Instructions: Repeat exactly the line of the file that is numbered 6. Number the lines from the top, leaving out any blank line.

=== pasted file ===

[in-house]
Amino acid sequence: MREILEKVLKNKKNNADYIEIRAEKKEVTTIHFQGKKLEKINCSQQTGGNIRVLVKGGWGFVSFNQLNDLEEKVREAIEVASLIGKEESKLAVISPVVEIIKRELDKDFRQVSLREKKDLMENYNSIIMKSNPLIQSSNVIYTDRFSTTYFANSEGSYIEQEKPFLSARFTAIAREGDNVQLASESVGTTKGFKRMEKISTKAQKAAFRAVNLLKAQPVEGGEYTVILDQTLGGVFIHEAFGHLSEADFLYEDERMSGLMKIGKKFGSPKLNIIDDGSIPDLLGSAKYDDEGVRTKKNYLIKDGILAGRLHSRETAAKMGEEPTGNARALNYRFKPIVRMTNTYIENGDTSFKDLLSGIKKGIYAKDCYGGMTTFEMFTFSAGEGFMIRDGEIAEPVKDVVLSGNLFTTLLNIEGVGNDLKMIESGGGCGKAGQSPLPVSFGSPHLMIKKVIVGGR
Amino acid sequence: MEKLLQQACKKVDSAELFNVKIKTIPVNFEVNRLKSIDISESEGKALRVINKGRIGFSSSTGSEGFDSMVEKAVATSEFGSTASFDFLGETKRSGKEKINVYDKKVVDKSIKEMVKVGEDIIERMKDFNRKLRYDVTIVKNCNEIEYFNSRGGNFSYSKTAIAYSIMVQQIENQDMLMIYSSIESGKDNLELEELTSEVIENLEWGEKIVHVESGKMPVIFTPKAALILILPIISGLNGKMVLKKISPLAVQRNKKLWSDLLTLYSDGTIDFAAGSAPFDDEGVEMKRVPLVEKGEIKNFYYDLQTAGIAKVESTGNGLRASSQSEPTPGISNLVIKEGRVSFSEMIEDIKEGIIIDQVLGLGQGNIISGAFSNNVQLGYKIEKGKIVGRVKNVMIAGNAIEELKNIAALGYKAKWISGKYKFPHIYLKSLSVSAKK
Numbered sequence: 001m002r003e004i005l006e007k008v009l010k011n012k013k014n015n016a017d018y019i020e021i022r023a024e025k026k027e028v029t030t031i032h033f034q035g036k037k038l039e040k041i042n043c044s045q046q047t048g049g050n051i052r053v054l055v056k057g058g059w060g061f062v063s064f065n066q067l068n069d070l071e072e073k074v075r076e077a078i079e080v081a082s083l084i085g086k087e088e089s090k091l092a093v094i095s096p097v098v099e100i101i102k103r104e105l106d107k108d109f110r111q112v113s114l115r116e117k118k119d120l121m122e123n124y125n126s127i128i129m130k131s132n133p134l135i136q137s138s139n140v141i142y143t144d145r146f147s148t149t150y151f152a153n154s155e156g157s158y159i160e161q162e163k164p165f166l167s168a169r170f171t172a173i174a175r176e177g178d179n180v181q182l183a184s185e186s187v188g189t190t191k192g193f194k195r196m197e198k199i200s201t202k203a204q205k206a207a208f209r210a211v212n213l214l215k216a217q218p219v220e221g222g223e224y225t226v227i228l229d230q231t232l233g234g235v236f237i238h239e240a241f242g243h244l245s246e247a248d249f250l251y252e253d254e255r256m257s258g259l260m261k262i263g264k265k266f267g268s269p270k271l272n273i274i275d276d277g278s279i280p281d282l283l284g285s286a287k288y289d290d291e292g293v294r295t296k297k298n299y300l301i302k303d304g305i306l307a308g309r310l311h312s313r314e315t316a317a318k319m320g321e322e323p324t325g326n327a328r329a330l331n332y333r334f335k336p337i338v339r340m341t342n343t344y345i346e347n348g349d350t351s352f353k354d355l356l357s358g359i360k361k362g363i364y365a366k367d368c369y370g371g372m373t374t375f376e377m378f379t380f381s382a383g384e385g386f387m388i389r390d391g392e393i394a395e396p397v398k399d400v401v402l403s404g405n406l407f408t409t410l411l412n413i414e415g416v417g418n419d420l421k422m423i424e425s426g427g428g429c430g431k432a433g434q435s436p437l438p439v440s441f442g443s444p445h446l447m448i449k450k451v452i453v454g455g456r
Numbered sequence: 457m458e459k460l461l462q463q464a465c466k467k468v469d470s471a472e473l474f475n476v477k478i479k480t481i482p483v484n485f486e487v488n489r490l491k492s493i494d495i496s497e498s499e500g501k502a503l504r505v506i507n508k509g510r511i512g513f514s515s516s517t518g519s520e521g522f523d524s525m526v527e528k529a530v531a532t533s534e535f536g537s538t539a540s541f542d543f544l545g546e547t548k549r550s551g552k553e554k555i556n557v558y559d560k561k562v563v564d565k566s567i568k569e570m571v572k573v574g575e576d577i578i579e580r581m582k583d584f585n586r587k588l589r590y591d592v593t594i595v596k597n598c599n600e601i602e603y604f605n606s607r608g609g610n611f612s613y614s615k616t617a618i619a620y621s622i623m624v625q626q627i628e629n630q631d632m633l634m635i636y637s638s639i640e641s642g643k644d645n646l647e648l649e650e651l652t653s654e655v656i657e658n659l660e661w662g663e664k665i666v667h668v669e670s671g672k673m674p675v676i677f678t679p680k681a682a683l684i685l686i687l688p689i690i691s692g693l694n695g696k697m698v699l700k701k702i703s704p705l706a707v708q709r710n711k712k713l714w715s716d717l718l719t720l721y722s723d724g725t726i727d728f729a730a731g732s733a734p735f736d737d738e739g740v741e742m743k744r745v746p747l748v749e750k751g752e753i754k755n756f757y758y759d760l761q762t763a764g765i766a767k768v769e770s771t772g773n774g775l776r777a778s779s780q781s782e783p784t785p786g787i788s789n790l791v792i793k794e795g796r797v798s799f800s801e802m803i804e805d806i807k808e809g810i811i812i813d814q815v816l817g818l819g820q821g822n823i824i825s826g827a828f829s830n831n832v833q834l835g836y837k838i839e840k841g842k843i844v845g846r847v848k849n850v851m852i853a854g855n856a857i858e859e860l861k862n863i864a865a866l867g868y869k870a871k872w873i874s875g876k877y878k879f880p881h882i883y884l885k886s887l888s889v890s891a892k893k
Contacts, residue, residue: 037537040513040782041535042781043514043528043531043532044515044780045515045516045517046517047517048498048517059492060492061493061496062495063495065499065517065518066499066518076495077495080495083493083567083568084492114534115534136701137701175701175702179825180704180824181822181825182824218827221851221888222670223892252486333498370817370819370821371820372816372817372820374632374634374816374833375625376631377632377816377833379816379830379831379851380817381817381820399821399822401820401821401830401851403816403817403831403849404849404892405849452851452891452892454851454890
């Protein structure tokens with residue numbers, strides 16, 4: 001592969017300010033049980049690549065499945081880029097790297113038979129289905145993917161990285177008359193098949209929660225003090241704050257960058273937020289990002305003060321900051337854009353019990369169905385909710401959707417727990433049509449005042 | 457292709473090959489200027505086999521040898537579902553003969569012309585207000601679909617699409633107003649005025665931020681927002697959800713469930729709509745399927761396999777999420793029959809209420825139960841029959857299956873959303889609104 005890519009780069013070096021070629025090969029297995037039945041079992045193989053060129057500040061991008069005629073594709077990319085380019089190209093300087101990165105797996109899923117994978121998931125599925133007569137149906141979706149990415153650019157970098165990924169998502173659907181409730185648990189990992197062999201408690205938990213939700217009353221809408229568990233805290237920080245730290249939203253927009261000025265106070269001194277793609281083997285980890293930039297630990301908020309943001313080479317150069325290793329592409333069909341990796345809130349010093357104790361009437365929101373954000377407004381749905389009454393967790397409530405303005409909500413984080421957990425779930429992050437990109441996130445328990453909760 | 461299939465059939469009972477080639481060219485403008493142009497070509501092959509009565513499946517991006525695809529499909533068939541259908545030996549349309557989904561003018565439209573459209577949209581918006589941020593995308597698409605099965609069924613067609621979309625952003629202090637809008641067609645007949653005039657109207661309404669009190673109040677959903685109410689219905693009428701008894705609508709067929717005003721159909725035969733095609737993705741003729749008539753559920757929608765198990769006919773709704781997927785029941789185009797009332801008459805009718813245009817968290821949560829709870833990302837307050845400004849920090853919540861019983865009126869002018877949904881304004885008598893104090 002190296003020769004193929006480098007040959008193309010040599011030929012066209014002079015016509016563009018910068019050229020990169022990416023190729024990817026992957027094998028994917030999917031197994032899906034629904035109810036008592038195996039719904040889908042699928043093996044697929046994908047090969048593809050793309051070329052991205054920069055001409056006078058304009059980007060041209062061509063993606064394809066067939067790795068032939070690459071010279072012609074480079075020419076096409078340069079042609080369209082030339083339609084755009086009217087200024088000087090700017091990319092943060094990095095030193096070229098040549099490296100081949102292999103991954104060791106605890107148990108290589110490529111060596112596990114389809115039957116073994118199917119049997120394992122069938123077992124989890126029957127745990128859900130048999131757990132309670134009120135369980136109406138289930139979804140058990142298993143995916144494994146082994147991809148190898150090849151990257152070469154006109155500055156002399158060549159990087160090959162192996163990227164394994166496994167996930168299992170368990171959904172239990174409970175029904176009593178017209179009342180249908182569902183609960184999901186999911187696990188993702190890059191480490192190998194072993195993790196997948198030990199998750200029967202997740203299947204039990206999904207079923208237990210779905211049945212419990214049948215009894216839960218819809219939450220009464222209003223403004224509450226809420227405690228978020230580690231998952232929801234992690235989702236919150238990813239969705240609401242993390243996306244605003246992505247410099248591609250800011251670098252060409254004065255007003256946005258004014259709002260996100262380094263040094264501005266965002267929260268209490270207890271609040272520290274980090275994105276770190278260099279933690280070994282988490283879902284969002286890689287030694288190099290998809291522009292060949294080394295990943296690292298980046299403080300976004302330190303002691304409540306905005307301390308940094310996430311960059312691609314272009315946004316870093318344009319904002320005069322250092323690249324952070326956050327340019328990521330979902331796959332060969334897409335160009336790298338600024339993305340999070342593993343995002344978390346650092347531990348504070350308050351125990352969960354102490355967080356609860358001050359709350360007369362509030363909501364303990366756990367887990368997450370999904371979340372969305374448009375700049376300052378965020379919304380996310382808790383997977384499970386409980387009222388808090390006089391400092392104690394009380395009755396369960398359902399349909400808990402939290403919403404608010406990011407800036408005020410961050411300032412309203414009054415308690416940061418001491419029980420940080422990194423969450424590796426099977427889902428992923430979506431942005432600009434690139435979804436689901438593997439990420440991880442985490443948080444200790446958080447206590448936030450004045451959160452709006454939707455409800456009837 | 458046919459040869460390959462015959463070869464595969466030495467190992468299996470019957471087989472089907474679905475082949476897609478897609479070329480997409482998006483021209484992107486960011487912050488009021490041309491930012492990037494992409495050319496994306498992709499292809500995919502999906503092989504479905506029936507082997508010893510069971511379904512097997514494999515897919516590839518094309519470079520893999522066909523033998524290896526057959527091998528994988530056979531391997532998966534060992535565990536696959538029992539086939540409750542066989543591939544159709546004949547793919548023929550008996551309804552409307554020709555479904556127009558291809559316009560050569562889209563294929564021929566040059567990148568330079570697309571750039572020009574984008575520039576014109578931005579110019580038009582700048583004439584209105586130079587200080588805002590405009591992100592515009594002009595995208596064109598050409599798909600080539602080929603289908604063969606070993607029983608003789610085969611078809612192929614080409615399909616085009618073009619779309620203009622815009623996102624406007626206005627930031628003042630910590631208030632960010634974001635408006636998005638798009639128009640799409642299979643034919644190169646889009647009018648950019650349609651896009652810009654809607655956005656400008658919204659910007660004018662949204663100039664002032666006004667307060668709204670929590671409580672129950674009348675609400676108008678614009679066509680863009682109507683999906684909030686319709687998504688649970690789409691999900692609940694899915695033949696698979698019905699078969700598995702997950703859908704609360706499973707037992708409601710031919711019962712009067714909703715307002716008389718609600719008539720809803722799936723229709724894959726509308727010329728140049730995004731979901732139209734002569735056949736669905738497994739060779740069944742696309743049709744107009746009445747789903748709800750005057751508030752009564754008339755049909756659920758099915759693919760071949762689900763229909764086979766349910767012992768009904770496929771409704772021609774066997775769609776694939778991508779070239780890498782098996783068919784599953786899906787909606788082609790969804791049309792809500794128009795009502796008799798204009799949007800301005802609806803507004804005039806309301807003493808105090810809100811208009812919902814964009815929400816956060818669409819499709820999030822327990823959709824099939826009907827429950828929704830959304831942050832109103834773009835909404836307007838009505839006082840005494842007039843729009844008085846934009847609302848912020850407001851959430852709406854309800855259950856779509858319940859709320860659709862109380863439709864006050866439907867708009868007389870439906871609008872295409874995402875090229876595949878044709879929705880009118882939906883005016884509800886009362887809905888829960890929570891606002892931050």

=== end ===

Contacts, residue, residue: 037537040513040782041535042781043514043528043531043532044515044780045515045516045517046517047517048498048517059492060492061493061496062495063495065499065517065518066499066518076495077495080495083493083567083568084492114534115534136701137701175701175702179825180704180824181822181825182824218827221851221888222670223892252486333498370817370819370821371820372816372817372820374632374634374816374833375625376631377632377816377833379816379830379831379851380817381817381820399821399822401820401821401830401851403816403817403831403849404849404892405849452851452891452892454851454890